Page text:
The World Doesn’t Work that Way

Image credit: Roanoke Times

by Bill O’Keefe

The political elites who promoted the passage of the Virginia Clean Economy Act would have us believe that planning an energy transition is no more difficult than planning a long vacation. You know where you want to go, how long you will be gone, and how you plan to travel. The Clean Energy Act was demonstrated extreme hubris. Uncertainties and unintended consequences were viewed as minor matters, if considered at all.

Advocates seemed to think that what looks doable in theory will be doable in practice. That was certainly the case where members of the Virginia General Assembly and environmentalists who pushed passage of the Virginia Clean Economy Act. The world doesn’t work that way. The announcement by Dominion’s CEO that the cost estimate has risen from $8 to 10 billion was an early sign about future cost increases.

These advocates forget the truism that in theory, theory and practice are the same but in practice they are not. We are slowly beginning to see nationally as well as here in the Commonwealth that long-term energy planning involves a lot of uncertainties, unintended consequences. and consumer sensitivity to price increases.

Rather than being like planning a long vacation, long-term energy planning is much like the iterative decision process followed by Lewis and Clark in exploring the territory west of the Missouri. Policy makers are also relearning the lesson that energy policy based on the pain caused by constrained supply and high prices is not sustainable.

For climate advocates, the highest priority is reaching net zero emissions by 2050. They believe that priority dominates all others and is strongly shared by most citizens. That is the mind set of central planners. In reality, citizens have a number of high priorities and their decisions over time reflect the reality that decisions always involve trade-offs and are affected by circumstances and price.

Now that Republicans control the House of Delegates perhaps they will see more clearly the unintended consequences of energy and climate decisions of the Clean Economy Act. Europe can serve as the canary in the coal mine. The pandemic and supply-chain problems are important disrupters but no one should underestimate the impact of climate-related decisions as being the main drivers of high prices and scarcity throughout Western Europe. Those decisions have made energy prices excessively high while also leading to a decline in fossil fuel production. Germany’s elimination of nuclear power as a source of electric power and the Dutch decision to close the Groningen gas field -– the largest in the world — by 2030 only make the price problem worse.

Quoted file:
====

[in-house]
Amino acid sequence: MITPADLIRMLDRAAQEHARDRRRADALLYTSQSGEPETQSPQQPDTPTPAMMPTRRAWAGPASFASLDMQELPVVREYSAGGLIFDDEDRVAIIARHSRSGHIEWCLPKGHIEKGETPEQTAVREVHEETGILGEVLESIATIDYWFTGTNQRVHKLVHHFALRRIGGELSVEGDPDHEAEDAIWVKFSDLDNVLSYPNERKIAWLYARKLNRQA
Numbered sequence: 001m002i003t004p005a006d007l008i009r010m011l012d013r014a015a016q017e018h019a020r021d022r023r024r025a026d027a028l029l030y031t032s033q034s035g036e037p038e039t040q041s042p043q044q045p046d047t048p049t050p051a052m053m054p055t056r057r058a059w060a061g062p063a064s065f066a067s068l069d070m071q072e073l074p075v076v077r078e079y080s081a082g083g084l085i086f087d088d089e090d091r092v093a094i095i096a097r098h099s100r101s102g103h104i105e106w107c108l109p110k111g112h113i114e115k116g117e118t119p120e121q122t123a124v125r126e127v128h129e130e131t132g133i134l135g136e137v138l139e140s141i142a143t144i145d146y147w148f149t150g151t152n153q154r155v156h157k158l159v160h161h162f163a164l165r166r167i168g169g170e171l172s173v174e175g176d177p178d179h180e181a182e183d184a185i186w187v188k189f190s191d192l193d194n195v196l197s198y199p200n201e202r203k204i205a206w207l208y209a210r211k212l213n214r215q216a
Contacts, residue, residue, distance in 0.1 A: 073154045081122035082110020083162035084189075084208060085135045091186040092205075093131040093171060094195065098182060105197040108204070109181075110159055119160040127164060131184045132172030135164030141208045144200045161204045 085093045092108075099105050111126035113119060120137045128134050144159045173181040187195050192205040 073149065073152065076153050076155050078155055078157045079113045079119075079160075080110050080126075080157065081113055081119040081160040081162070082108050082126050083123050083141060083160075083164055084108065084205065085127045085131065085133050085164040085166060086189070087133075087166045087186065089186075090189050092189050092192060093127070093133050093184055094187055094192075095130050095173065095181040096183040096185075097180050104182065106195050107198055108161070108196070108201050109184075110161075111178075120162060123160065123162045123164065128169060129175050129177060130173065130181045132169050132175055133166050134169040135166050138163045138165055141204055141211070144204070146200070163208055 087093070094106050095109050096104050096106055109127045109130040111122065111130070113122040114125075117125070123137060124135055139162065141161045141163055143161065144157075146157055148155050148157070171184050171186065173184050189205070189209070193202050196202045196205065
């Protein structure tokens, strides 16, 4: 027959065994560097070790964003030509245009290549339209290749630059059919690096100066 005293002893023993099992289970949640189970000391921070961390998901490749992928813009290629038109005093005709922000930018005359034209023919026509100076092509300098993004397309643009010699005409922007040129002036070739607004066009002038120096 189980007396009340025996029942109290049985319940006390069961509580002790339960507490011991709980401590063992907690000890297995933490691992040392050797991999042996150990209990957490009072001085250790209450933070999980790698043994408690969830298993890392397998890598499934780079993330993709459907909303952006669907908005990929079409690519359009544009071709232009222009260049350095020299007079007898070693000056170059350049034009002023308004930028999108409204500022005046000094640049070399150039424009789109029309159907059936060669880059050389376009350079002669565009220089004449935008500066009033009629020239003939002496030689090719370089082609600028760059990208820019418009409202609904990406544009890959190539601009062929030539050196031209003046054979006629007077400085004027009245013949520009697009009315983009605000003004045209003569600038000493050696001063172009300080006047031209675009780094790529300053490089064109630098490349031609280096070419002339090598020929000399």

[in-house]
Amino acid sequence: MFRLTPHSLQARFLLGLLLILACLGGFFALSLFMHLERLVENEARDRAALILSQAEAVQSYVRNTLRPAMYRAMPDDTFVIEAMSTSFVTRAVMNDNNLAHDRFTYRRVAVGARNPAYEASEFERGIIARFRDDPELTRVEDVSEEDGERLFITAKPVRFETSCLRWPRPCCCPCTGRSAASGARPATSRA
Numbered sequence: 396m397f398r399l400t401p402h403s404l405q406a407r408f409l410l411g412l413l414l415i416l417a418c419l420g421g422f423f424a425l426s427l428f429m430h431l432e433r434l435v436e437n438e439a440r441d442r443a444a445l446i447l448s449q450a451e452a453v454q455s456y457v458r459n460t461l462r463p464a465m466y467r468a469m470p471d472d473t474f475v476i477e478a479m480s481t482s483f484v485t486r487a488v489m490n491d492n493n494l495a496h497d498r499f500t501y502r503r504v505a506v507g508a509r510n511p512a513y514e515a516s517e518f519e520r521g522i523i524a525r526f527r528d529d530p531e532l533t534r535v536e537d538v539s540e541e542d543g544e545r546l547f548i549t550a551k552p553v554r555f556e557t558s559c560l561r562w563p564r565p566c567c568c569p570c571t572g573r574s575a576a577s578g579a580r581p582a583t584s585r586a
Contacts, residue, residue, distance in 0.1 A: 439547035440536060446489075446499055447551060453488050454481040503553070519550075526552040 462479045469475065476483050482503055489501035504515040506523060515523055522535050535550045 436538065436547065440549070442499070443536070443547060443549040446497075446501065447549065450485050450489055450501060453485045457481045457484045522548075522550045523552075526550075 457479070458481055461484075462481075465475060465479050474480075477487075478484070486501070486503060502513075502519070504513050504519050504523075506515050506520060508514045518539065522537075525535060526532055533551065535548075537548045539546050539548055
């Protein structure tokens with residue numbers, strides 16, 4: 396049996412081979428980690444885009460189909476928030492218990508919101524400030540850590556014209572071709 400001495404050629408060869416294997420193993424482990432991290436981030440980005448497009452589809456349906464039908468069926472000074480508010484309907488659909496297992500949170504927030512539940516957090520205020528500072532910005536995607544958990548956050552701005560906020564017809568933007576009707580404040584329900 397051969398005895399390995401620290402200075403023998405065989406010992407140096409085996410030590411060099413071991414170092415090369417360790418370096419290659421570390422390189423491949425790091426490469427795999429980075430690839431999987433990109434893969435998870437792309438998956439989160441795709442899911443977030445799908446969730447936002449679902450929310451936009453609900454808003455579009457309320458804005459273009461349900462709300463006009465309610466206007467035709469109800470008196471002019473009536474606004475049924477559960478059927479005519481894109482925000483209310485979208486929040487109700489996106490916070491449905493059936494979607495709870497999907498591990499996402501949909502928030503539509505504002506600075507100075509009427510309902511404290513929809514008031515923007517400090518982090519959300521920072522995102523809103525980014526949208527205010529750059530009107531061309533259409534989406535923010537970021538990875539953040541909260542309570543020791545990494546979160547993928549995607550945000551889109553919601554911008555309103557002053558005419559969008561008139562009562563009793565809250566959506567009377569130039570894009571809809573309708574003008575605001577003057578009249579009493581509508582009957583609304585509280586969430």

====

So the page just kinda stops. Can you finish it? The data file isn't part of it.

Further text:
Here in the U.S., gasoline prices have reached levels not seen since 2014. Government policy has depressed fossil fuel production and investment. We have the ironic situation where the Biden Administration is acting to depress oil and gas production while simultaneously urging OPEC and Russia to increase their oil production to help lower gasoline prices. We have gone from the world’s leading producer of oil and gas to being energy beggars.

Virginians are experiencing persistently high gasoline prices and can look forward to natural gas prices increasing heating costs as much as 30% this winter. These price increases as well as national ones reflect the fact that governments are actively discouraging investments in non-renewable sources of energy. According to the Wall Street Journal, for example, oil and gas investments domestically are down 26%, except for the Permian Basin where shale production is not growing.

If non-renewable energy is the future, it should get there on its own merits and not by discouraging advances in energy technology and fossil fuel production. Energy companies are not like buggy-whip companies. They want  a future based on technology that will reduce emissions while also producing commercially viable supplies.

William O’Keefe, a Midlothian resident, is founder of Solutions Consulting and former EVP of the American Petroleum Institute.